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(Bloomberg) --

Trump hails Singapore summit, inflation data due, and a big day for Theresa May. Here are some of the things people in markets are talking about today.

Singapore success

President Donald Trump and Kim Jong Un signed a declaration that North Korea would work toward “complete denuclearization of the Korean peninsula,” with Trump saying representatives from the two sides will hold further meetings as soon as next week. While the agreement signed by the leaders has no deadline for North Korea to give up its nuclear capability, the president said in a press conference that progress would be made quickly. For the moment, markets are taking a wait-and-see approach to the summit as investors look for concrete moves from either side.

Prices

Consumer Price Inflation data due at 8:30 a.m. Eastern Time today is forecast to show an annual rise of 2.8 percent in the headline rate and 2.2 percent in core. There would probably have to be a major surprise in this data to derail expectations of an interest rate hike after the Federal Open Markets Committee two-day meeting which begins in Washington later. Speaking of policy makers, keep an eye on Argentina, where the central bank is due to make its rate decision with the peso remaining under severe selling pressure

Brexit vote 

British Prime Minister Theresa May faces the first of a series of votes in parliament today on the Brexit bill, with some members of her party holding out against her with only hours to go before the first tally. This morning, her Justice Minister Phillip Lee resigned his position to join rebels within her Conservative party. Voting begins at 10:00 a.m., with the main amendment today one which would give parliament a “meaningful vote” on any deal the prime minister agrees with Brussels.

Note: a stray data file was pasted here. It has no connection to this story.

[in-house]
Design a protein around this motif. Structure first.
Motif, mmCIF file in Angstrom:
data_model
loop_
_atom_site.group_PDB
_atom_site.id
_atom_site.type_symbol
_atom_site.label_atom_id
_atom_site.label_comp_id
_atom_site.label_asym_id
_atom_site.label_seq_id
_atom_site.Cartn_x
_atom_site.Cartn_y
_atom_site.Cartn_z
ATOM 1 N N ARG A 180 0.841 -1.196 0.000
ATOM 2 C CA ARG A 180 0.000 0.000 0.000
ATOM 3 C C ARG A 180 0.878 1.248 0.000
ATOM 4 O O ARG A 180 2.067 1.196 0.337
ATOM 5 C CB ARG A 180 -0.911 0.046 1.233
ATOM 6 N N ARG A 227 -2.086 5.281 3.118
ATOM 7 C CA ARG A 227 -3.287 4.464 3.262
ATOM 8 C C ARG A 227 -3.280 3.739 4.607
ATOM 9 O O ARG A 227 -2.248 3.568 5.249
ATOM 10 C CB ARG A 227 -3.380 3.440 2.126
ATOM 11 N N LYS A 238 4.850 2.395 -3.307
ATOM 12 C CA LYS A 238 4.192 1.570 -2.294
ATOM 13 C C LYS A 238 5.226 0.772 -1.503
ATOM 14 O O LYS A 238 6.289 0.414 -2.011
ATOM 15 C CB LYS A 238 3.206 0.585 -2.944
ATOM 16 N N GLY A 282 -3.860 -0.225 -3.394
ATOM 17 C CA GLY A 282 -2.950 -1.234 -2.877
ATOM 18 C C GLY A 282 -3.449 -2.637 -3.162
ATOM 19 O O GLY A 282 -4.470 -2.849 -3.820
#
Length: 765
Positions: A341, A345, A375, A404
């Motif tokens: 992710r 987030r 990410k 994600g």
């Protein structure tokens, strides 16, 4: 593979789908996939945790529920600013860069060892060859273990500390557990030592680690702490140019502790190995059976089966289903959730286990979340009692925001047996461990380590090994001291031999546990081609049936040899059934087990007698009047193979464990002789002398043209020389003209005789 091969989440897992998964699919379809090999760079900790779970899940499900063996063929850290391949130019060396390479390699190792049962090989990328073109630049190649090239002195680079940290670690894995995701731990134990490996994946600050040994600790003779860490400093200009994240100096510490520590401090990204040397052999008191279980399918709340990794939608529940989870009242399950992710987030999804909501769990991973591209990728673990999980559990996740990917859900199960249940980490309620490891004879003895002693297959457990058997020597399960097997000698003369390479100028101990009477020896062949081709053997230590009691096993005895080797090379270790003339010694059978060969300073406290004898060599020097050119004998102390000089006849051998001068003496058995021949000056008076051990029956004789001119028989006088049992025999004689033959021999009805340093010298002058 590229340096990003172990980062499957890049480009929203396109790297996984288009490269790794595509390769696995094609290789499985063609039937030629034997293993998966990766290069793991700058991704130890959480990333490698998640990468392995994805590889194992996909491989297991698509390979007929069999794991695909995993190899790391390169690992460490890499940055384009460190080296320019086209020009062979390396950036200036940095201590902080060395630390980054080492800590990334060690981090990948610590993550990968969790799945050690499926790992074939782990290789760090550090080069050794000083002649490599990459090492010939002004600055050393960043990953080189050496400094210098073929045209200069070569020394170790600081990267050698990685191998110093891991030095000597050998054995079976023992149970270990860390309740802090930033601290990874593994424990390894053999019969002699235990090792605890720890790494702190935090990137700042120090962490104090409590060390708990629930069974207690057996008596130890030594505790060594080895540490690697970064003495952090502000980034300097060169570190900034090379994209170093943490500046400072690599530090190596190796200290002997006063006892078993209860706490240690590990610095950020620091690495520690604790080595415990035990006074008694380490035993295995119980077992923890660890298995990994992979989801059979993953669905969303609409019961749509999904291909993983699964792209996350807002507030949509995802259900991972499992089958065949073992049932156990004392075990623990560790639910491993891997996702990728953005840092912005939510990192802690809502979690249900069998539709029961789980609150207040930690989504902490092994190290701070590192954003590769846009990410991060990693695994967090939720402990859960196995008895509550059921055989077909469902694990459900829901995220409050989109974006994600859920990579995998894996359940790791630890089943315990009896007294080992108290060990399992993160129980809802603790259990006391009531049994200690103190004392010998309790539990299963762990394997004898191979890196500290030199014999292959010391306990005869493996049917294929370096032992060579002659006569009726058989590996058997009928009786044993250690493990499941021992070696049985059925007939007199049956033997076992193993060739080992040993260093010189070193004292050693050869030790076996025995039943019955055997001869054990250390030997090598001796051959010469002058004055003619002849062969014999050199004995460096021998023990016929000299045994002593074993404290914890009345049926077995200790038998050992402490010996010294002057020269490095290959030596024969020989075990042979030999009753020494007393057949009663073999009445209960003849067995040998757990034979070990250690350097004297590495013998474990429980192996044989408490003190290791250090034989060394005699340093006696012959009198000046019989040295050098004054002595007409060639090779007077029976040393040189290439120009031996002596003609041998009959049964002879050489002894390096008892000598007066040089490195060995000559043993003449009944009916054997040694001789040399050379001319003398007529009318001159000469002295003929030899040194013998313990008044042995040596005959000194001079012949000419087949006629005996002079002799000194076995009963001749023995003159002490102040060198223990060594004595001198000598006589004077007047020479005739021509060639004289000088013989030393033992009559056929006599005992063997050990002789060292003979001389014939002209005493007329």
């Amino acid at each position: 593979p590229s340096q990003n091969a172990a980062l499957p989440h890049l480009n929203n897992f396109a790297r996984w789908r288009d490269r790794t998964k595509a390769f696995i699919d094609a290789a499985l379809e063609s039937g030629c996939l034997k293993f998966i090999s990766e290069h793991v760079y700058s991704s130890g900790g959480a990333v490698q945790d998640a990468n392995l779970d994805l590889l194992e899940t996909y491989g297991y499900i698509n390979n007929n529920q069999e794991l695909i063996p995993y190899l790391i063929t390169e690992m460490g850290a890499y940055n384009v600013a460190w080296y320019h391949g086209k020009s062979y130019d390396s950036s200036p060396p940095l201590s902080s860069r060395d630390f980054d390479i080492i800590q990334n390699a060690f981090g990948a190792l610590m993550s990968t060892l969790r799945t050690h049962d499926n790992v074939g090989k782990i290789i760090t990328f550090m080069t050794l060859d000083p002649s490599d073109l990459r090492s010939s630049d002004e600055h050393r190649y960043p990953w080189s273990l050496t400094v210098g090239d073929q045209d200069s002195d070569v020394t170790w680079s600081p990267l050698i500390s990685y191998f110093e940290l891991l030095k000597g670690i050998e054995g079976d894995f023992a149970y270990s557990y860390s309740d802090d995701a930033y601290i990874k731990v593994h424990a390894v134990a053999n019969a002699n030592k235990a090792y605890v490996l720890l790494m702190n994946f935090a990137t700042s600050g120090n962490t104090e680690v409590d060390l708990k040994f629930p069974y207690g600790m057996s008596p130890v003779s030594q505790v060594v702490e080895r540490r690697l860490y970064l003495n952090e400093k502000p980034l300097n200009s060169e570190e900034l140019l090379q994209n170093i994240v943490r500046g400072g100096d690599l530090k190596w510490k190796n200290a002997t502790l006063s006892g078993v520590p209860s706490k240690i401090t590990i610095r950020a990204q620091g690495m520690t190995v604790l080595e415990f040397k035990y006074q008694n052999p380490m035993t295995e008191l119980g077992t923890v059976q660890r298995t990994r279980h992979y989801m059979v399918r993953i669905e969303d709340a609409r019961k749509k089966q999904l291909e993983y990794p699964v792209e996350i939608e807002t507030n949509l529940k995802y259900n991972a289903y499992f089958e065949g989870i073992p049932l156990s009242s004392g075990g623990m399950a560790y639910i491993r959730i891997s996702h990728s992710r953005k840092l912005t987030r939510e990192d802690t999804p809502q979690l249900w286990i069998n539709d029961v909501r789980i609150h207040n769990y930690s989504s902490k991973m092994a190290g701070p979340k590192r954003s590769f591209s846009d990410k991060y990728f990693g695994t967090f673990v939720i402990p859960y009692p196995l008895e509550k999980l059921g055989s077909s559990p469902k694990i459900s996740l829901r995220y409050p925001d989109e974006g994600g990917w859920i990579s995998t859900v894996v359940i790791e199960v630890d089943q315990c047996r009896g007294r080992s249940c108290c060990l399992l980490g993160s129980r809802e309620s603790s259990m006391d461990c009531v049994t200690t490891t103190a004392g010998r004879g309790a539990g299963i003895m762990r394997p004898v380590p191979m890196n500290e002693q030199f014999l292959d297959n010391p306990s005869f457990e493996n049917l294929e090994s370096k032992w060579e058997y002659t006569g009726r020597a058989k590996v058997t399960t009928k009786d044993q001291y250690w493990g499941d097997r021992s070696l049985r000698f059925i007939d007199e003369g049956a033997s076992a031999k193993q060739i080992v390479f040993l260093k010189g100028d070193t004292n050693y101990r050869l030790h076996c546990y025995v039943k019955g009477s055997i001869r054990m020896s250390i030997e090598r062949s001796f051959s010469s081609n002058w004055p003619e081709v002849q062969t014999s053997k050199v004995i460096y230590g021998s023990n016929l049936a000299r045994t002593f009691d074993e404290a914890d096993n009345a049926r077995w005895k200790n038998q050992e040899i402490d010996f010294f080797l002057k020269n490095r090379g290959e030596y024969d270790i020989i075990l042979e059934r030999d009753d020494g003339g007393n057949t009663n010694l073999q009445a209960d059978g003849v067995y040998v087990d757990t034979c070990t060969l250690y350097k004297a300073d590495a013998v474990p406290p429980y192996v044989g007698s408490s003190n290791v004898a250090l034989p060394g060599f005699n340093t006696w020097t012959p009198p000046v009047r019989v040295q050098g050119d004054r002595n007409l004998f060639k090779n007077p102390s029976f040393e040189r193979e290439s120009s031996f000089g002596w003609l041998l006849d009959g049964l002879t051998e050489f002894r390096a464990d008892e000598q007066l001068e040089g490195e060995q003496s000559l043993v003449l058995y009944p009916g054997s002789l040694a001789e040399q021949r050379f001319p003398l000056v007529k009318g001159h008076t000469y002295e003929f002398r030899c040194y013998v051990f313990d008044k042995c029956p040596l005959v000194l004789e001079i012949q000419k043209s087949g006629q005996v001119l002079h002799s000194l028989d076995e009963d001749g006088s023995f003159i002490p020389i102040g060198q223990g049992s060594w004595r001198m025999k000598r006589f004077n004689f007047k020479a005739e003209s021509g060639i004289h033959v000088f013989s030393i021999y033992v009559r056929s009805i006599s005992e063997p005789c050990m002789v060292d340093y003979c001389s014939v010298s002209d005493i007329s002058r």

Markets quiet

Overnight, the MSCI Asia Pacific Index gained 0.1 percent, while Japan’s Topix index closed 0.3 percent higher with the yen extending losses as haven demand waned. In Europe, the Stoxx 600 Index was 0.1 percent lower at 5:45 a.m. as investors ignored the political noise and turned their attention to the Fed and European Central Bank decisions later this week. S&P 500 futures pointed to a small loss at the open, the 10-year Treasury yield was at 2.957 percent and gold was slightly lower. 

Big deal

AT&T Inc. will find out today if their long-delayed $85 billion deal to acquire Time Warner Inc. will be allowed to go ahead when District Judge Richard Leon rules on the Justice Department’s lawsuit to block the takeover. Should the judge reject the government’s case, then the merger would be allowed to go ahead in six days, according to court documents. 

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